Monday, September 20, 2010

The View From Monday - September 20, 2010 - What are you reading?

The blog was quiet this weekend due to family committments, sick children, and the usual life stuff. And once again it's Monday. I'll be announcing contest winners later today. There are not that many books coming out this week so there will probably be no vlog on Tuesday. I was looking ahead to next Tuesday, the 28th, when I originally posted that there were a zillion books being released! I'm not sure entirely what I'll be doing Wednesday, but there will be some sort of a contest as usual. Thursday will be comics and Friday will be photos. It's almost Fall. The Autumnal Equinox is on September 22, 2010 at 11:09 PM EDT. I hope to capture some of the gorgeous New England foliage for you.

I did pick up a book yesterday in the brief time I had to myself: The Secret History of Moscow by Ekaterina Sedia. This book was published last month.

Every city contains secret places. Moscow in the tumultuous 1990s is no different, its citizens seeking safety in a world below the streets - a dark, cavernous world of magic, weeping trees, and albino jackdaws, where exiled pagan deities and faery-tale creatures whisper strange tales to those who would listen.
Galina is a young woman caught, like her contemporaries, in the seeming lawlessness of the new Russia. In the midst of this chaos, her sister Maria turns into a jackdaw and flies away - prompting Galina to join Yakov, a policeman investigating a rash of recent disappearances. Their search will take them to the underground realm of hidden truths and archetypes, to find themselves caught between reality and myth, past and present, honor and betrayal . . . the secret history of Moscow.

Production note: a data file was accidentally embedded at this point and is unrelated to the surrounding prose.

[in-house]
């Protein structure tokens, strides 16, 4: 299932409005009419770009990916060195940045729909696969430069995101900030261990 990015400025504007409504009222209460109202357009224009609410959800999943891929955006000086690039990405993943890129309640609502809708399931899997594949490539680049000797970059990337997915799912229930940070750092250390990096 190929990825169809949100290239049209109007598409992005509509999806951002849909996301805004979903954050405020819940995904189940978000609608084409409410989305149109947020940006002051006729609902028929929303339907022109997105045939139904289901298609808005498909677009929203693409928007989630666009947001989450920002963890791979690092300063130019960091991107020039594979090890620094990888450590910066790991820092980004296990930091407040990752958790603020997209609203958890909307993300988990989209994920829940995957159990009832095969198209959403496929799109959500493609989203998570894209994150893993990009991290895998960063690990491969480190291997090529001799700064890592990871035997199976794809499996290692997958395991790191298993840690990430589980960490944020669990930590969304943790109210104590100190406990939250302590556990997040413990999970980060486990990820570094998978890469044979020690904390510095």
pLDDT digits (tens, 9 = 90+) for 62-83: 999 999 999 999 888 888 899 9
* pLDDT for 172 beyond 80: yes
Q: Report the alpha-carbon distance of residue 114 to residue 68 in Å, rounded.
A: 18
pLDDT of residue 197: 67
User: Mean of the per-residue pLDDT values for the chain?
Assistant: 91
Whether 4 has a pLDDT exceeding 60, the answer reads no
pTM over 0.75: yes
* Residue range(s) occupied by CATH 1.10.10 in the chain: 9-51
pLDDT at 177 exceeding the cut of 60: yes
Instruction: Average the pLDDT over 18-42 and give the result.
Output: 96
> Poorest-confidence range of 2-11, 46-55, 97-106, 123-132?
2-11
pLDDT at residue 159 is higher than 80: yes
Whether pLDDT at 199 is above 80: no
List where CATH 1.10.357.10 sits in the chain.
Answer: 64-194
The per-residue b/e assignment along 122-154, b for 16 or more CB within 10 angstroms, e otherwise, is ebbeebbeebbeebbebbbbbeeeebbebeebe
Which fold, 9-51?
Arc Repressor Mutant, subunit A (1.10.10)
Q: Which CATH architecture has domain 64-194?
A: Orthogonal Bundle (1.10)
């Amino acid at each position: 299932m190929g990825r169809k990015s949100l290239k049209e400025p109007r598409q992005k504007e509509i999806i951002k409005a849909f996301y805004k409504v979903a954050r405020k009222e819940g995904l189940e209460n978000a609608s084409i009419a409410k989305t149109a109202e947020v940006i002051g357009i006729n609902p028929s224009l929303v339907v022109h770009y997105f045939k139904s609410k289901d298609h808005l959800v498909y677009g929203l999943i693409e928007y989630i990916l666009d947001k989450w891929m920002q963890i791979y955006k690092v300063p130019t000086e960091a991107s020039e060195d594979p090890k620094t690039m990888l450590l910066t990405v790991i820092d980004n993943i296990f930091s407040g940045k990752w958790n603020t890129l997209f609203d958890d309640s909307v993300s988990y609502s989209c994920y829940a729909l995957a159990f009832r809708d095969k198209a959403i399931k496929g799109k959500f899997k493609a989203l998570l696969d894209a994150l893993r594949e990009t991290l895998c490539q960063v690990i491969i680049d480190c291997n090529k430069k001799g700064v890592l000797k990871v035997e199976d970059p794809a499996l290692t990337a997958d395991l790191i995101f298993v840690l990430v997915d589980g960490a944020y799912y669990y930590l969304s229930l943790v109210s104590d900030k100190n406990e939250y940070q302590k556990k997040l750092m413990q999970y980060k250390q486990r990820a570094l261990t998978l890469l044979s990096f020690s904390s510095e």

Ekaterina Sedia, among other things, edited Paper Cities: An Anthology of Urban Fantasy, which won a World Fantasy Award for Anthology in 2009.

This anthology of 21 original fantasy stories explores humanity’s most dynamic and forceful creation—the city. Featuring tales from fantasy heavyweights such as Hal Duncan, Catherynne M. Valente, Jay Lake, and Barth Anderson, the collection whisks readers from dizzying rooftop perches down to the underpasses, gutters, and the sinister secrets therein. Mutilated warrior women, dead boys, mechanical dogs, and escape artists are just some of the wonders and horrors explored in this bizarre assembly of works from voices new and old.

Unbelievably I did not get to read much this weekend. I did start Marc Del Franco's Connor Grey series. The first book is Unshapely Things.

In the alleys of the decrepit Boston neighborhood known as the Weird, fairy prostitutes are turning up dead. The crime scenes show signs of residual magic, but the Guild, which polices the fey, has more "important" crimes to investigate and dumps the case on human law enforcement. Boston police call in Connor Grey, a druid and former hotshot Guild investigator-whose magical abilities were crippled after a run-in with a radical environmentalist elf. As Connor battles red tape and his own shortcomings, he realizes that the murders are not random, but part of an ancient magical ritual. And if Connor can't figure out the killer's M.O., the culmination of the spell might just bring about a worldwide cataclysm.

Connor Grey Series:
Unshapely Things (January 2007)
Unquiet Dreams (January 2008)
Unfallen Dead (January 2009)
Unperfect Souls (January 2010)

Also by Marc Del Franco -

Laura Blackstone Series:
Skin Deep (July 2009)
Face Off (July 2010)

Qwill's Qwestion: What are you reading?


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